In BAMCEF the group of Dalits friends from different departments of government took a pledge for creating awareness among the Dalits for 25 years and then launch a political party. Kanshi Ram became the obvious choice of leadership. Within no time he caught the imagination of the Dalit masses and he has become a towering figure within the group. The need of a broad based socio-political platform, which can easily include and mobilize other sections of society besides employees gave birth to another organization, ‘Dalit Shosit Samaj Sangharsh Samiti’ i.e. DS4 on 6th December, 1981. The main aim of the organization was to highlight the grievances of the Dalits and Bahujans. It was through DS-4 that Kanshi Ram gave the popular slogan:

Thakur, Brahmin, Baniya chhod Baki sab Hai DS-4

(Except Kshtriya, Brahmin, Vaishya, all are exploited members of the society. Together the constitute Dalit - exploited society struggle committee.).

Programmes for Democratic Mobilization
Through these organizations Sahib Kanshi Ram tried to mobilize the Dalit and OBCs by organizing number of programmes. Three most important programmes organized by these organizations were ‘Ambedkar Mela (fair) on wheels’, which demonstrated pictorial representation of atrocities on Dalits and other facts of their exploitation. The second programme was ‘Miracle of two feet and two wheels’- a cycle rally by Sahib Kanshi Ram covering more than 3000 Kilometer of length through important centers of the country. The third programme was ‘People’s Parliament’ through which Sahib Kanshi Ram tried to demonstrate that the Dalit issues are not discussed in the Indian Parliament. Therefore he told his supporters what types of issues a candidate of his party will raise in the parliament if he/she is elected to parliament. These programmes and organizations helped Sahib Kanshi Ram in mobilizing an obedient cadre which was capable of taking orders and implementing them as well.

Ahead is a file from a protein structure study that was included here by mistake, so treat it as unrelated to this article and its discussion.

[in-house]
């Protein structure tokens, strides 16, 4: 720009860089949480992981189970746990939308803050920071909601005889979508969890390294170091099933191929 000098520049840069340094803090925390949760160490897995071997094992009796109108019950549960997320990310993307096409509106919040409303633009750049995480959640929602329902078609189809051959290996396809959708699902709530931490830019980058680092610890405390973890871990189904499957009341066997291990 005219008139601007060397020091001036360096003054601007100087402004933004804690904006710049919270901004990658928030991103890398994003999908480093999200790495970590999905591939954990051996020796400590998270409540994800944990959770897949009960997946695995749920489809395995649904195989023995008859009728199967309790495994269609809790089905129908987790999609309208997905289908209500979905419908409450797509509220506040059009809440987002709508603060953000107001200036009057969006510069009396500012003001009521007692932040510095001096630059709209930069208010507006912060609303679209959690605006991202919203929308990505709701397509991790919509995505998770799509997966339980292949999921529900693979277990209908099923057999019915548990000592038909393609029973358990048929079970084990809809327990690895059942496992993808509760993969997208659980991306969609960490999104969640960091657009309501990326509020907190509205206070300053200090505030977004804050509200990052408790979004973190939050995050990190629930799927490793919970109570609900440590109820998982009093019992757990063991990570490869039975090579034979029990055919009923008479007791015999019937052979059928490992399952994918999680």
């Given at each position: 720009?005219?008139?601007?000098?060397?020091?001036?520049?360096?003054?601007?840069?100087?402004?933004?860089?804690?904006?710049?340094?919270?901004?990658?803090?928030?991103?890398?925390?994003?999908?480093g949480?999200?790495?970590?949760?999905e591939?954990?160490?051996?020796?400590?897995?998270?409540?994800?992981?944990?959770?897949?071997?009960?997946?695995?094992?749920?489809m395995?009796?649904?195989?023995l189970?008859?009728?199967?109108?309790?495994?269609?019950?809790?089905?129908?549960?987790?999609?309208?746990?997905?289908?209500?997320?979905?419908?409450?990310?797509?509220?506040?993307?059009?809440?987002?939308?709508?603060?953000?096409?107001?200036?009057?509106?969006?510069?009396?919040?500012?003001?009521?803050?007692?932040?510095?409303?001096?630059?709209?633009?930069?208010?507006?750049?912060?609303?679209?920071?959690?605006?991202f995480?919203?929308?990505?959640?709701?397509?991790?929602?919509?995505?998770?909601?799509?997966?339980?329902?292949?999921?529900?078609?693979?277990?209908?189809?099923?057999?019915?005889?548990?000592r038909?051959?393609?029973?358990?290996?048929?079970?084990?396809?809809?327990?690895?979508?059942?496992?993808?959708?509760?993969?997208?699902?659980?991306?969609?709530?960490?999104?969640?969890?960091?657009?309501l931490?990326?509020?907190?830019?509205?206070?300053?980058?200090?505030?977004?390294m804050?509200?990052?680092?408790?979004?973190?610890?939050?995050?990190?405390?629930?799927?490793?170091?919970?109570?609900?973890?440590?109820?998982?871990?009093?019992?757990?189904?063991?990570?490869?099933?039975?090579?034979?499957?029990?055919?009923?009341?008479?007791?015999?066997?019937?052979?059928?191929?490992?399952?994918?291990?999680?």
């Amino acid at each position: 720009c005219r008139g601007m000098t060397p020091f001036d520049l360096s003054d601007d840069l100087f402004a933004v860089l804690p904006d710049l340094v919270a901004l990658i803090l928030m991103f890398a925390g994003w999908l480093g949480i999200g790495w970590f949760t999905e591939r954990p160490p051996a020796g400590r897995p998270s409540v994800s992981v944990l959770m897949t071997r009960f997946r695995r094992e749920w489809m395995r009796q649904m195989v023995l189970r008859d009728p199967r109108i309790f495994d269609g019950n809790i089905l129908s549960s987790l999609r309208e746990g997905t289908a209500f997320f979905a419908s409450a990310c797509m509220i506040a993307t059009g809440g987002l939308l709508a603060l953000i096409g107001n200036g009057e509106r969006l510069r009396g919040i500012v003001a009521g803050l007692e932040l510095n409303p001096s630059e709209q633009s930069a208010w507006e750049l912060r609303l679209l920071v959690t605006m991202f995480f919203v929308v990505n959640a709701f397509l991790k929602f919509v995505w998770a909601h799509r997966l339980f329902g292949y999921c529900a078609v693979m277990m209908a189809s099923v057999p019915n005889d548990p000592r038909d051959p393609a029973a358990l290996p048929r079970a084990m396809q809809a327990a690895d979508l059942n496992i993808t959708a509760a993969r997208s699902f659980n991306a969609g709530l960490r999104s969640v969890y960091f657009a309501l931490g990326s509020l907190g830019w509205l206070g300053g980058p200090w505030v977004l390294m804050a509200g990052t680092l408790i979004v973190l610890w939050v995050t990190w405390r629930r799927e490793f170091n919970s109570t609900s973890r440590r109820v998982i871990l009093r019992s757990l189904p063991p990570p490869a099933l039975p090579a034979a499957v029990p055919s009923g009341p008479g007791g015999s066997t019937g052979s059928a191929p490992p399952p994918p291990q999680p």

Establishment of Print Media